Rumba (1935)

70-71 mins | Romance | 8 February 1935

Director:

Marion Gering

Writer:

Howard J. Green

Producer:

William LeBaron

Cinematographer:

Ted Tetzlaff

Editor:

Hugh Bennett

Production Designers:

Hans Dreier, Robert Usher

Production Company:

Paramount Productions, Inc.
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HISTORY

In the opening credits, the title of the film is written in lower-case letters. According to news items in DV , Paramount rejected a novel that they had purchased as a basis for this film, and hired novelist Edgcumb Pinchon to author an original story for the title "Rhumba." DV also reports in May 1934 that Guy Endore was to write a screen adaptation of the story, however, by Nov 1934, the screenplay was rewritten while the film was already in its second week of production. Story difficulties became so severe that in early Dec, production was temporarily halted. Endore's contribution to the final film is undetermined. According to copyright records, dancers Olga and Luis Barrancos, Ambrosio Sardinias and Carmita Curbelo, also known as the Pimiento Twins, were from Cuba, Lara Puente, Chile, and Margo, Mexico. According to a DV news item, Cuban rumba expert Don Alfredo Brita was in charge of the Cuban dance numbers. A Los Angeles bandleader, Pedro Vinas, brought together the band that appeared in the film. Travis Banton designed only Lombard's gowns. Costumes for the rest of the cast were designed by Señorita Lily Del Barrio, a Cuban ... More Less

In the opening credits, the title of the film is written in lower-case letters. According to news items in DV , Paramount rejected a novel that they had purchased as a basis for this film, and hired novelist Edgcumb Pinchon to author an original story for the title "Rhumba." DV also reports in May 1934 that Guy Endore was to write a screen adaptation of the story, however, by Nov 1934, the screenplay was rewritten while the film was already in its second week of production. Story difficulties became so severe that in early Dec, production was temporarily halted. Endore's contribution to the final film is undetermined. According to copyright records, dancers Olga and Luis Barrancos, Ambrosio Sardinias and Carmita Curbelo, also known as the Pimiento Twins, were from Cuba, Lara Puente, Chile, and Margo, Mexico. According to a DV news item, Cuban rumba expert Don Alfredo Brita was in charge of the Cuban dance numbers. A Los Angeles bandleader, Pedro Vinas, brought together the band that appeared in the film. Travis Banton designed only Lombard's gowns. Costumes for the rest of the cast were designed by Señorita Lily Del Barrio, a Cuban artist. More Less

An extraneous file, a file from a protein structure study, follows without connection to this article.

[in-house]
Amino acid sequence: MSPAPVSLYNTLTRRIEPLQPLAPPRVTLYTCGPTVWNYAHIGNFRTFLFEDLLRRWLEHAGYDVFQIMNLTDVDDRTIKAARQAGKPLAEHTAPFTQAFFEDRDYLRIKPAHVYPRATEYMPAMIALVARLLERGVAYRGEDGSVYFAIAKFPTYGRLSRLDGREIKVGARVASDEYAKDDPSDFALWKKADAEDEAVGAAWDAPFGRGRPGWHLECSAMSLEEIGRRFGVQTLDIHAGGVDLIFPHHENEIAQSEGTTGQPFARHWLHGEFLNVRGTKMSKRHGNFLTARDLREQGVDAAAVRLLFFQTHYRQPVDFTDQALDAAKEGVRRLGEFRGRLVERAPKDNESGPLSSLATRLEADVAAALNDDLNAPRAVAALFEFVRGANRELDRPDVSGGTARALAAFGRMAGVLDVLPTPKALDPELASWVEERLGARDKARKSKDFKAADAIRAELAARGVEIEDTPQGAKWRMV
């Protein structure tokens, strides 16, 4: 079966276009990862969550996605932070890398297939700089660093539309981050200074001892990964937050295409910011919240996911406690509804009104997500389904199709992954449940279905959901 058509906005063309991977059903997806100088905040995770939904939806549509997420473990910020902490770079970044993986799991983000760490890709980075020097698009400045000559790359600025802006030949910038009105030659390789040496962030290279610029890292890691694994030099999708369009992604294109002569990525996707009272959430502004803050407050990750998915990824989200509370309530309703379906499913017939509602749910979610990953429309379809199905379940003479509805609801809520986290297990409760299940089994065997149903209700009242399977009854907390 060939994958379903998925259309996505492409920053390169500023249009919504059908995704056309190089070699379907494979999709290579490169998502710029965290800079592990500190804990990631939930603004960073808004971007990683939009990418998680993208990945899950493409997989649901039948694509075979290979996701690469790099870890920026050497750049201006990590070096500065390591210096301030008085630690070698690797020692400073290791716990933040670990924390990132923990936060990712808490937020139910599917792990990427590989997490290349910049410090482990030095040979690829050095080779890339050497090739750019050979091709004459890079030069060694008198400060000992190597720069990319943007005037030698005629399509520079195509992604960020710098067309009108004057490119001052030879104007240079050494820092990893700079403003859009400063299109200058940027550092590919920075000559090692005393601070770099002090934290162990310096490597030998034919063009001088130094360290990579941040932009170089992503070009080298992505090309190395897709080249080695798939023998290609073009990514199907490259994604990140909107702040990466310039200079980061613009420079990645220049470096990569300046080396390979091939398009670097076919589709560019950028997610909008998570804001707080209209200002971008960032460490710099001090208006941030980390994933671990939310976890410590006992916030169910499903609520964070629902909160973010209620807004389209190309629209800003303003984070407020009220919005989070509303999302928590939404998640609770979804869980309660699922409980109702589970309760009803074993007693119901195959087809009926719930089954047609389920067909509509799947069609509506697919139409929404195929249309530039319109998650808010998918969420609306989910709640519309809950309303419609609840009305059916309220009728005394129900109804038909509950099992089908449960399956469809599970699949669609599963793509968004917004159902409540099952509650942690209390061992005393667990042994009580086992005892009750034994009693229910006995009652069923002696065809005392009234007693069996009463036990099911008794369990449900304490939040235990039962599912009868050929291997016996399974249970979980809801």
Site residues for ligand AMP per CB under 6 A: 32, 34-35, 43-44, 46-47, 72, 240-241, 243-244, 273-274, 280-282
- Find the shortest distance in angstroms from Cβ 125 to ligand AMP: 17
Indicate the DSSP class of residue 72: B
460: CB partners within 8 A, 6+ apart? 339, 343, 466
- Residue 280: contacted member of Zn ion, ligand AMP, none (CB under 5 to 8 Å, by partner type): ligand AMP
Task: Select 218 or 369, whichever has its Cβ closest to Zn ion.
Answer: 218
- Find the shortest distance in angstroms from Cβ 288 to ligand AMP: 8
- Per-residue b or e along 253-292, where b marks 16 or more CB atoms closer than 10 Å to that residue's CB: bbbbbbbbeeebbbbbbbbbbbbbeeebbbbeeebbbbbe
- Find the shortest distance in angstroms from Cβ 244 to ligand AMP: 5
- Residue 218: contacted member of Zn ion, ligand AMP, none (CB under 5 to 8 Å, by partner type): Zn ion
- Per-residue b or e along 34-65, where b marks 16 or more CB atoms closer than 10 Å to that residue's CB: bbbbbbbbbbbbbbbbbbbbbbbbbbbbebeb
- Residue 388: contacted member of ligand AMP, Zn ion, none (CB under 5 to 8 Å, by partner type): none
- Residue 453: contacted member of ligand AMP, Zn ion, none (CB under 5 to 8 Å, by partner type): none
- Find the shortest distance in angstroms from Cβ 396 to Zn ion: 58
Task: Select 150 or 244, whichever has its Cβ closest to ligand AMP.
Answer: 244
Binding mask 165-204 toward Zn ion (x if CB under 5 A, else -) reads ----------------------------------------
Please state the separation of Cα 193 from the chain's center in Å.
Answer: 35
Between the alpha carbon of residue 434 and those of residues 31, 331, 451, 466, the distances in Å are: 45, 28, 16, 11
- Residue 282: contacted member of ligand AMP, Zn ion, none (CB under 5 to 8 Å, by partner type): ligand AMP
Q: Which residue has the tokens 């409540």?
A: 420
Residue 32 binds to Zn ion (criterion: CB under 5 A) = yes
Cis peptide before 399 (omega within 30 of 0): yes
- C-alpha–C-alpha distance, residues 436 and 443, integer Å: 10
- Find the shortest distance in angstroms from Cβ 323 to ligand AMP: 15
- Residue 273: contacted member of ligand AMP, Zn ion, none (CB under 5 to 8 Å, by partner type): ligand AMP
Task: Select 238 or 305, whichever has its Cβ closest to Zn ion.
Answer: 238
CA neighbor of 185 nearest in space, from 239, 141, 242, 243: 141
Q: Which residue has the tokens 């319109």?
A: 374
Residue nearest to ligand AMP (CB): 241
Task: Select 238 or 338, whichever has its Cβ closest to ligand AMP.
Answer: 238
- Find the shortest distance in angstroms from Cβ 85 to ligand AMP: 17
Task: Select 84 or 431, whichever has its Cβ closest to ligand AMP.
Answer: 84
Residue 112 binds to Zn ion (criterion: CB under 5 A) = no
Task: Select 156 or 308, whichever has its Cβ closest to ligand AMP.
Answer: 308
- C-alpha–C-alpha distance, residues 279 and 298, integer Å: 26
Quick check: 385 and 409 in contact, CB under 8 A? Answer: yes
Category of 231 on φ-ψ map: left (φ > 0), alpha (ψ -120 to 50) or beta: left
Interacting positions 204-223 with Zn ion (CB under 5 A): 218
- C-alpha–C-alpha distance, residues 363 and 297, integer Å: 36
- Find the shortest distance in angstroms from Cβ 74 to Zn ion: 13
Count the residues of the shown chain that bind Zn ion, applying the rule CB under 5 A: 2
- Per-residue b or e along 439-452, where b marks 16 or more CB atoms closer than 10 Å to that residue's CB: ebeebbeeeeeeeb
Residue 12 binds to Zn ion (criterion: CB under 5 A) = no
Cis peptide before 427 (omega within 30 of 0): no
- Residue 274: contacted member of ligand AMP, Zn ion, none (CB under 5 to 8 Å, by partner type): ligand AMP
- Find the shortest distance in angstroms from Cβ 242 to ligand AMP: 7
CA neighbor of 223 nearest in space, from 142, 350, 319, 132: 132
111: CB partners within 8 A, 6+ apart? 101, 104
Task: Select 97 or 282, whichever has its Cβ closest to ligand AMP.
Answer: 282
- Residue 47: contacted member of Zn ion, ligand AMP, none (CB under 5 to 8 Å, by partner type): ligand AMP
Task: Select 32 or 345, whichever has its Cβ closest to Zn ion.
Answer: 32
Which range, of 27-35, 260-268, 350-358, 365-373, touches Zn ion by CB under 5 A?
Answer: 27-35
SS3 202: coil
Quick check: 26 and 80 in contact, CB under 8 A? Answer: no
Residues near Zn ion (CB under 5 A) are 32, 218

SOURCE CITATIONS
SOURCE
DATE
PAGE
Daily Variety
21 Apr 34
p. 3.
Daily Variety
14 May 34
p. 2.
Daily Variety
21 Nov 34
p. 3.
Daily Variety
24 Nov 34
p. 2.
Daily Variety
10 Dec 34
p. 8.
Daily Variety
23 Jan 35
p. 3.
Film Daily
23 Feb 35
p. 3.
Hollywood Reporter
23 Jan 35
p. 3.
Hollywood Reporter
25 Jan 35
insert between p. 4 and 10.
Motion Picture Daily
24 Jan 35
p. 9.
Motion Picture Herald
1 Dec 34
p. 46.
Motion Picture Herald
2 Feb 35
p. 55.
New York Times
25 Feb 35
p. 13.
Variety
27 Feb 35
p. 12.
CAST
PRODUCTION CREDITS
NAME
PARENT COMPANY
PRODUCTION COMPANY
DISTRIBUTION COMPANY
NAME
CREDITED AS
CREDIT
DIRECTOR
PRODUCERS
Exec prod
WRITERS
Idea by
Idea by
Contr to dial
Contr spec seq
Contr spec seq
Contr spec seq
Addl dial
Addl dial
Contr to trmt
Contr to trmt
Contr to trmt
PHOTOGRAPHY
Photog
ART DIRECTORS
Art dir
Art dir
FILM EDITOR
Film ed
COSTUMES
Cost des
2nd cost des
MUSIC
Mus score
Mus score
Mus score
Mus cond
Compilation and orch
Compilation and orch
Compilation and orch
Compilation and orch
Compilation and orch
Compilation and orch
Compilation and orch
Mus dept head
SOUND
DANCE
Dances & ensembles staged by
Specialty dance created and staged by
SOURCES
SONGS
"The Rhythm of the Rumba," "The Magic of You" and "I'm Yours for Tonight," words and music by Ralph Rainger, Spanish lyrics by François B. de Valdes.
DETAILS
Release Date:
8 February 1935
Copyright Claimant:
Paramount Productions, Inc.
Copyright Date:
7 February 1935
Copyright Number:
LP5309
Physical Properties:
Sound
Western Electric Noiseless Recording
Black and White
Duration(in mins):
70-71
Length(in reels):
8
Country:
United States
PCA No:
508
Passed by NBR:
Yes
SYNOPSIS